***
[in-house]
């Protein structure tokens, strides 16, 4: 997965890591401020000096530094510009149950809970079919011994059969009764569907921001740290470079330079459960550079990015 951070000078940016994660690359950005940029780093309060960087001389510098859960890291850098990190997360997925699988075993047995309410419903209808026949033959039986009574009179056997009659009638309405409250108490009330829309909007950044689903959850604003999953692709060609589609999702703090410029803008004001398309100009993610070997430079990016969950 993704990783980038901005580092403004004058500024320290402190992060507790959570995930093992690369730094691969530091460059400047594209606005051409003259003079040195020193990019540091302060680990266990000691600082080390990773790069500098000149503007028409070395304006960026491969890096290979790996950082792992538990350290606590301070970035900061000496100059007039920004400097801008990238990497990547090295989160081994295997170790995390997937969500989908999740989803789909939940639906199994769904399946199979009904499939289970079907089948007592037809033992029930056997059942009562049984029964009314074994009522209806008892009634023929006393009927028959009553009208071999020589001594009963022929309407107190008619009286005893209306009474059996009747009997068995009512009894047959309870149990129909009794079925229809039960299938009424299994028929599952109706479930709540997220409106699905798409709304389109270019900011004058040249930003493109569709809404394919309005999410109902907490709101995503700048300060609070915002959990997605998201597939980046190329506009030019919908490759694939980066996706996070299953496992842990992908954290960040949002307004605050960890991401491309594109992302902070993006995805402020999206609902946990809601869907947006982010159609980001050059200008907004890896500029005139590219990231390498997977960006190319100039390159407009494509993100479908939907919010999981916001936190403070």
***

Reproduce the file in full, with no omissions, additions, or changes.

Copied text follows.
[in-house]
């Protein structure tokens, strides 16, 4: 997965890591401020000096530094510009149950809970079919011994059969009764569907921001740290470079330079459960550079990015 951070000078940016994660690359950005940029780093309060960087001389510098859960890291850098990190997360997925699988075993047995309410419903209808026949033959039986009574009179056997009659009638309405409250108490009330829309909007950044689903959850604003999953692709060609589609999702703090410029803008004001398309100009993610070997430079990016969950 993704990783980038901005580092403004004058500024320290402190992060507790959570995930093992690369730094691969530091460059400047594209606005051409003259003079040195020193990019540091302060680990266990000691600082080390990773790069500098000149503007028409070395304006960026491969890096290979790996950082792992538990350290606590301070970035900061000496100059007039920004400097801008990238990497990547090295989160081994295997170790995390997937969500989908999740989803789909939940639906199994769904399946199979009904499939289970079907089948007592037809033992029930056997059942009562049984029964009314074994009522209806008892009634023929006393009927028959009553009208071999020589001594009963022929309407107190008619009286005893209306009474059996009747009997068995009512009894047959309870149990129909009794079925229809039960299938009424299994028929599952109706479930709540997220409106699905798409709304389109270019900011004058040249930003493109569709809404394919309005999410109902907490709101995503700048300060609070915002959990997605998201597939980046190329506009030019919908490759694939980066996706996070299953496992842990992908954290960040949002307004605050960890991401491309594109992302902070993006995805402020999206609902946990809601869907947006982010159609980001050059200008907004890896500029005139590219990231390498997977960006190319100039390159407009494509993100479908939907919010999981916001936190403070």